However diverse they may be, many European cities today face similar issues: disappearance of public spaces, favoring private over the common interest and marginalization of those for whom life in the city became unattainable. On the other side of these processes is the idea that the city belongs to those who live in it and it is up to them to decide on its future. Recognizing the importance of citizen participation in creating a social fabric that brings cities back into their own hands, Kurziv’s hackcamp This Could Be the Space focused on reimagining the city and the processes of collective decision-making in their future development.
The two-part hackcamp gathered, on the one hand, local students and young professionals interested in engaged journalism and, in the second part, participants from different European cities and different professional backgrounds, brought together to reflect on the future of cities and the challenges they face.
The first part of the hackcamp, which took place in October and November 2019, aimed at developing a toolkit for using classic journalistic forms in unusual formats and in an engaging way. The audio group engaged in storytelling using sound; video journalism was approached with the creative use of new technologies, while the writing journalism group focused on data research. The knowledge and skills they have acquired in the three-day hackcamp was channelled into integrated outputs, such as analysis of the women’s presence in the public memory of Zagreb or reporting on gentrification processes and activist resistance in Athens.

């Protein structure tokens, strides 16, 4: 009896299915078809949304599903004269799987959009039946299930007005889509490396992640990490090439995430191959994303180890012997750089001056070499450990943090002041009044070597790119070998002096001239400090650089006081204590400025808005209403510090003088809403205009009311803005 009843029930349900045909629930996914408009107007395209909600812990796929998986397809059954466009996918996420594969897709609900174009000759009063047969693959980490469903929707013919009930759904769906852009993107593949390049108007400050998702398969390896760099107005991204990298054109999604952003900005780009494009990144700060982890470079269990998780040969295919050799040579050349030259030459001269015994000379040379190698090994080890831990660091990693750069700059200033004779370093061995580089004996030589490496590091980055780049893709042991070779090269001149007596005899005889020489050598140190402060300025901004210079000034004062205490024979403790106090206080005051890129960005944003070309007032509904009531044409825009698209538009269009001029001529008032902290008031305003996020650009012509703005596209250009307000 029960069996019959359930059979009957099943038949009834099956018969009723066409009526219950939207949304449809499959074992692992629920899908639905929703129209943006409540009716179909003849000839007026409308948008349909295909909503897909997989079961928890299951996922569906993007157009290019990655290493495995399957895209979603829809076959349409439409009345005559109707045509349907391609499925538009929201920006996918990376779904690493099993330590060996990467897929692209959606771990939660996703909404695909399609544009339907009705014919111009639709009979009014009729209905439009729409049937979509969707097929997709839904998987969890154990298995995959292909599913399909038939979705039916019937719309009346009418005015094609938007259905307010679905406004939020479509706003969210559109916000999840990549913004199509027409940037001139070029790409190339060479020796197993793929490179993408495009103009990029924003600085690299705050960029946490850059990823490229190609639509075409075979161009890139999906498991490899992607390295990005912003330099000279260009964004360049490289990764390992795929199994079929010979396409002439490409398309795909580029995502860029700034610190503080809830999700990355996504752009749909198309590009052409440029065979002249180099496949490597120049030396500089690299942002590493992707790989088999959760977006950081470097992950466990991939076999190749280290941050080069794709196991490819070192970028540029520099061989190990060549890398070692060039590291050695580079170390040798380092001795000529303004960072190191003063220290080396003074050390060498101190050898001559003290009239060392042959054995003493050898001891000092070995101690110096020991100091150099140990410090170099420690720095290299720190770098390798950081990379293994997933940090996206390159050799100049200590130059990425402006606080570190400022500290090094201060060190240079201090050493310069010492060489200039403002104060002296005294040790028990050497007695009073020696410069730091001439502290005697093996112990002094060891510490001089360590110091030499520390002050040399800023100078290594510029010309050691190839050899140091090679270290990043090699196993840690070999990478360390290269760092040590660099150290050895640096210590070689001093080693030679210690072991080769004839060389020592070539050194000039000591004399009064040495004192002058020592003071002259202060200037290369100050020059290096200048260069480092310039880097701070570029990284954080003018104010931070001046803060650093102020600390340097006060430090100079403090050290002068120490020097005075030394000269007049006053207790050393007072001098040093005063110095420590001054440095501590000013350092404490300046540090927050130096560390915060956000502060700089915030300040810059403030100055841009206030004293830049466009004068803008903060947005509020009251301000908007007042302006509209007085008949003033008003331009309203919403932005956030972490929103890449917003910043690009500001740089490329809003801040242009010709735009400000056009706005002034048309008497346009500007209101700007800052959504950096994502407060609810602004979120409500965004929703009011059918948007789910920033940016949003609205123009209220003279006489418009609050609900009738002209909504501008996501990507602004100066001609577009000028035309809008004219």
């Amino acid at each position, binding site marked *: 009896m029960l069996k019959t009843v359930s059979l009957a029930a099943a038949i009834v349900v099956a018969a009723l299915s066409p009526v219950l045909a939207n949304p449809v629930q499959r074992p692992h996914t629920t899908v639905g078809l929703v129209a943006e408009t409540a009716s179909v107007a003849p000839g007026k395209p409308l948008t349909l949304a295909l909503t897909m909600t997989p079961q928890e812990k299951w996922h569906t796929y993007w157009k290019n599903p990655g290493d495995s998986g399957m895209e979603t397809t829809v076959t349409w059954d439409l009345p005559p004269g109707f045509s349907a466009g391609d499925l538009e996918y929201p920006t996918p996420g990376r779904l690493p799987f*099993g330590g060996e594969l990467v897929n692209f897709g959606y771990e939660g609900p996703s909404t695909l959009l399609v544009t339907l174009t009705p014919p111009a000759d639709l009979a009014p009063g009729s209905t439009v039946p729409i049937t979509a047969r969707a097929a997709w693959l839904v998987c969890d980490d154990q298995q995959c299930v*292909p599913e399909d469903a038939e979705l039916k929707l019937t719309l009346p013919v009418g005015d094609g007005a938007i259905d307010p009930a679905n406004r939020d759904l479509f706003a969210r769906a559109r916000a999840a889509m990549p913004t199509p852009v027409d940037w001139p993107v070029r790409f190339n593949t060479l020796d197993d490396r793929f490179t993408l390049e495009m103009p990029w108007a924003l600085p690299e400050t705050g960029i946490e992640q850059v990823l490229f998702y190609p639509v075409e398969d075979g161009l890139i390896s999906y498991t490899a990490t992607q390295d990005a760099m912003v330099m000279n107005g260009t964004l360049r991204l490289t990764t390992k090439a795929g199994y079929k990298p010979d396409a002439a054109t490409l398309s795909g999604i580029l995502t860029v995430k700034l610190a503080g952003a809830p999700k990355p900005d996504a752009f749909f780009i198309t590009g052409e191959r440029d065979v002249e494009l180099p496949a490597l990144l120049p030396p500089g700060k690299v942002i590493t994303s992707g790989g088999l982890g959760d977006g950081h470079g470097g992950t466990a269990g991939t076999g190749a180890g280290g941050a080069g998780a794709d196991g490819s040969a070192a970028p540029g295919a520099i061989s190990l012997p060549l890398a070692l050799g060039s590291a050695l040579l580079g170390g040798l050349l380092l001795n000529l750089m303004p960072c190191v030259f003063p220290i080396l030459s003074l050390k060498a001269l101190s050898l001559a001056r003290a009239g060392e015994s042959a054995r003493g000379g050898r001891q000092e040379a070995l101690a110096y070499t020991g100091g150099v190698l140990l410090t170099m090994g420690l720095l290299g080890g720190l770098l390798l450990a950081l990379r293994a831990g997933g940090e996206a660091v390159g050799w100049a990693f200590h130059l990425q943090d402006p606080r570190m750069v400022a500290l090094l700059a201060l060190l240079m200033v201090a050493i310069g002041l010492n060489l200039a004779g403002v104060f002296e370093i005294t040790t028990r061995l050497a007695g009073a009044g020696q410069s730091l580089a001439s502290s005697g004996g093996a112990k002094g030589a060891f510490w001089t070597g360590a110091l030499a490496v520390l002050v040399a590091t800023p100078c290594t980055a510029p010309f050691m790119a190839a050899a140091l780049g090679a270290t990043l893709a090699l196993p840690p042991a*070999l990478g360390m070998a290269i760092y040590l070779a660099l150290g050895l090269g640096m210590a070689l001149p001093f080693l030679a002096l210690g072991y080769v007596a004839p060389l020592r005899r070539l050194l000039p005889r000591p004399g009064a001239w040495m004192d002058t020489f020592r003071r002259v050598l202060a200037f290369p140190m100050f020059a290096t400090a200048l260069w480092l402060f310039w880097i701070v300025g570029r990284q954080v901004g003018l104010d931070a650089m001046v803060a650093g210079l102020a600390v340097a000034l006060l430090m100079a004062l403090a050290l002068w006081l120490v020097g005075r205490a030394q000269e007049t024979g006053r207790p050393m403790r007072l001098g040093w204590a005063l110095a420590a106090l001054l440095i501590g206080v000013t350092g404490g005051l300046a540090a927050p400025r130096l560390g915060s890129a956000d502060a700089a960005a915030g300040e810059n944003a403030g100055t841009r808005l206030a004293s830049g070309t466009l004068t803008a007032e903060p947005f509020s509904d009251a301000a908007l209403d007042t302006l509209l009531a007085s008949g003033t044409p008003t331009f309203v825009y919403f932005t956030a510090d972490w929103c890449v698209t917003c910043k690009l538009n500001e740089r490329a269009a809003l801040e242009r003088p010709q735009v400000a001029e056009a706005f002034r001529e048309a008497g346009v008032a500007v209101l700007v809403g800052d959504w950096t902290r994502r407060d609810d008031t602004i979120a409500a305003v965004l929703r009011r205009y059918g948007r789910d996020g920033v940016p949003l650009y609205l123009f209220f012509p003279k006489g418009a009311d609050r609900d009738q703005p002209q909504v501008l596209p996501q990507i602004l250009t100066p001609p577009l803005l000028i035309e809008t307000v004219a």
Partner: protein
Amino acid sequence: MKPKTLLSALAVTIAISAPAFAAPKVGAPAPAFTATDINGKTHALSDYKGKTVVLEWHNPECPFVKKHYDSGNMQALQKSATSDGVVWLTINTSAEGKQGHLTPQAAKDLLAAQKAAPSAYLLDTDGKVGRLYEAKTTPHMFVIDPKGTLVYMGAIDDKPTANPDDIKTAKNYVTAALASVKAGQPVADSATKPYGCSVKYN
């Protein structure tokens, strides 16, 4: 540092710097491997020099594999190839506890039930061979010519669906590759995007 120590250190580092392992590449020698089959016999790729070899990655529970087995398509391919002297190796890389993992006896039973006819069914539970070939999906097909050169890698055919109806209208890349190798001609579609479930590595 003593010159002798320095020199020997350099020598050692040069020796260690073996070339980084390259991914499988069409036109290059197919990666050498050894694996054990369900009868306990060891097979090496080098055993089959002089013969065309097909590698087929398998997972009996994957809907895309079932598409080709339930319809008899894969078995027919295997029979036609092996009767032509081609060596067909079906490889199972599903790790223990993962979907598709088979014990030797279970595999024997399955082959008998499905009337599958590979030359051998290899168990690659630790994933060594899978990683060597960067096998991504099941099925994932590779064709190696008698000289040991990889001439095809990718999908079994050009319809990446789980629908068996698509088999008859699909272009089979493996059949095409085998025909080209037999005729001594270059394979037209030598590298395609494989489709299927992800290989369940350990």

The second part of the local hackcamp took place in December, at a time of increased commercialization of public space and housing problems caused by short-term rentals, when discussing ‘rights to the city’ issues is even more relevant. With a thematic focus on the Zagreb Fair - a complex of exhibition pavilions on the right bank of the Sava River and a location planned for the development of so-called Zagreb Manhattan project - as the emblematic example of the urban problems that city faces, participants were invited to discuss the strategies that can be applied to change the dominant narrative that surrounds them. Group 1 devised a method for media (audio-visual) representation of the processes that accompany the devastation of urban heritage in Zagreb, while the second one presented a way of involving citizens in the decision-making about its potential future development. The third group tackled the topic of touristification, and devised a way to hack the Christmas market that turns the whole city into a fair from the inside, creating a decorative paper that would make the problems that accompany this process visible to the city's permanent and temporary residents.